A World Out of Reach

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If we tried to invent the cruelest punishment for dogs, we probably couldn’t come up with anything worse than “solitary confinement.” Dogs are pack animals, so it’s important for them to be with others. Most people who chain dogs don’t realize how much scratches behind the ears, games of fetch, and time spent inside with their families mean to dogs. If you have an “outside dog,” here are 10 ways that you can improve your dog’s life.

1. Let your dog inside! Don’t kid yourself that dogs “get used tp” living outside. Unless you or other dogs are out there to share it with them, the back yard quickly loses its charm. Constant barking is really a cry for attention. If it has stopped, it’s not because your dog is content but because he or she has given up of hope of rescue. :(

2. Build a Fence. A 6-foot privacy fence is safest – it’s harder for dogs to escape and harder for hooligans to do bad things to your pup. if a fence is out of your budget, set up a running line so your dog can exercise without being tangled. use a harness instead of a collar so dogs can’t strangle or hang themselves.

3. Provide lots of Exercise. Dogs need to run and sniff and explore. Go for long walks daily (it’s good for you too!). A “nopull” harness will painlessly save your dog’s neck — and your arm sockets! Bonus: Tired dogs are less likely to “misbehave”!

4. Bring joy with Toys.  Imagine being stuck outside, alone, with nothing to do but watch the mud dry. Even a knotted towel or a tennis ball can provide hours of entertainment. Dogs love to chew, so be sure they have plenty of safe things to gnaw on.

5. Take your dog “school”. If your dog has been put outside because of behaviour problems, confinement and isolation can only make them worse. A good dog-training class will teach you how to communicate with your dog, who just doesn’t understand what you expect. Plus, “teenage” dogs often settle down as they get older.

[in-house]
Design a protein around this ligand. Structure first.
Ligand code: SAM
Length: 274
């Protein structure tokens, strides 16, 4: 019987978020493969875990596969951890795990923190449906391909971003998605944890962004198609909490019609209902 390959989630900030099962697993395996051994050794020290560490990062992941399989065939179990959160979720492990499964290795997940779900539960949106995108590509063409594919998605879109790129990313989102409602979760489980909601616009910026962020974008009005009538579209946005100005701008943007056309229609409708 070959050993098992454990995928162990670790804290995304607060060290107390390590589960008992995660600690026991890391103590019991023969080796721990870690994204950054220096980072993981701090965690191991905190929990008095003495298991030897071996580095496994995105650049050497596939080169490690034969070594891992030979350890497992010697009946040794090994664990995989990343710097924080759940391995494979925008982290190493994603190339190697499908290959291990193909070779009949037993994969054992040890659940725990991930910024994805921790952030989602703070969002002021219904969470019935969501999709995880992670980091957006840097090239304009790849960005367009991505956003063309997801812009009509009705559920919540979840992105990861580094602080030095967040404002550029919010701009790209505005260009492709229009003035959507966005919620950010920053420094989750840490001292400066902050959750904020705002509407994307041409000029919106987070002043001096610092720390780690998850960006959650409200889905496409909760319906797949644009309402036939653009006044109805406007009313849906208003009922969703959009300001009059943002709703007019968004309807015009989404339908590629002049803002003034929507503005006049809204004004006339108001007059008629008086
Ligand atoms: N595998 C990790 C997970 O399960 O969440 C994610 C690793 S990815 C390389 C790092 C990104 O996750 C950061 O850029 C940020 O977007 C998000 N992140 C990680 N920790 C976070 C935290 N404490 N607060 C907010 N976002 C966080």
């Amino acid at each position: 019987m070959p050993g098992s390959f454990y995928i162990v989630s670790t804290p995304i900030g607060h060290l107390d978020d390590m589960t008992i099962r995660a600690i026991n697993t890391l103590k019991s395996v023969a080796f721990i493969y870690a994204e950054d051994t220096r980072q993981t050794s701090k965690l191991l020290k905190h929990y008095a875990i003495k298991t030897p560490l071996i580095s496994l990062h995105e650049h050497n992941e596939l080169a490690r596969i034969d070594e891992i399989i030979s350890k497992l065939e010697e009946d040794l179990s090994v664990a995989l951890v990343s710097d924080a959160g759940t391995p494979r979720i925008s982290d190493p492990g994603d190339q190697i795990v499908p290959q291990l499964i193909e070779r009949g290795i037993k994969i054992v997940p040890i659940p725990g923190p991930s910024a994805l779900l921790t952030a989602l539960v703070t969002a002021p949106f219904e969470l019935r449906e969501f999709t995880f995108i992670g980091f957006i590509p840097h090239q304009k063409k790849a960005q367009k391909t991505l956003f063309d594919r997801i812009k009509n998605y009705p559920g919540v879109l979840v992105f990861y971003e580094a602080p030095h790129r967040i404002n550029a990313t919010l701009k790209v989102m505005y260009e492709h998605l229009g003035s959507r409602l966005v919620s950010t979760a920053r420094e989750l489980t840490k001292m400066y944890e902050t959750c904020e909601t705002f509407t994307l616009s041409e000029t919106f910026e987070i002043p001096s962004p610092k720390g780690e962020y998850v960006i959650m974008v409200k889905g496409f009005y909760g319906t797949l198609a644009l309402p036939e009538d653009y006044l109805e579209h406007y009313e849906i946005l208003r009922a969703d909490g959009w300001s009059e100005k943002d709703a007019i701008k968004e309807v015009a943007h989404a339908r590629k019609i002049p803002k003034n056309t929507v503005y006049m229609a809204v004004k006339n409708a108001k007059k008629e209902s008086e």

6. Protect your dog from “Old Man Winter”. In nature, dogs dig deep, cozy dens. Their fur, like your own winter coat, offers some protection, but they can still feel miserable in the cold. Puppies, elderly dogs, and small and short-haired breeds like pointers and Dobermans should never be left outside during cold snaps.

7. Help your dog beat the “dog days” of summer. Dogs are more susceptible to heat than humans. They can only cool themselves by panting and sweating through their paws. Short-nosed breeds like pugs and bulldogs are especially prone to heat stress. The same goes for Norhtern breeds like huskies, whose thick fur is designed for Alaskan winters, not Alabama summers. Let dogs inside during heat waves. At all other times, make sure they have access to shade. Plant trees: They can lower the ambient temperature by as much as 10 degrees!

In summer, when chained and penned dogs have no choice but to urinate and defecate right where they live (something they never do in the wild), the waste draws flies, which drive dogs crazy — flies will actually eat off the tips of dog’s ears! So clean up the area often — at least once a day.

8. Provide plenty of food and water. In winter, dogs need to eat almost double their summer rations to keep a layer of body fat for warmth. Water must be available at all times, especially during the summer when panting causes dehydration. Put bowls in the pen or at the end of the chain and inside a rubber tire to prevent tipping.

9. Visit the vet for regular checkups. Parvovirus, distemper, and other diseases can be prevented through vaccinations. Dogs must be wormed regularly — a dog with worms can lose vital body fat during winter. Heartworms are deadly — all dogs should be put on preventive medication, especially during mosquito season.

10. Spay or neuter your dog. An unneutered dog is like a frustrated lover and is more likely to be aggressive to your children. Neutering and spaying also prevent cancer of the reproductive organs, common in older dogs.

(Source: PETA – People for the Ethical Treatment of Animals)

Ciao! :)

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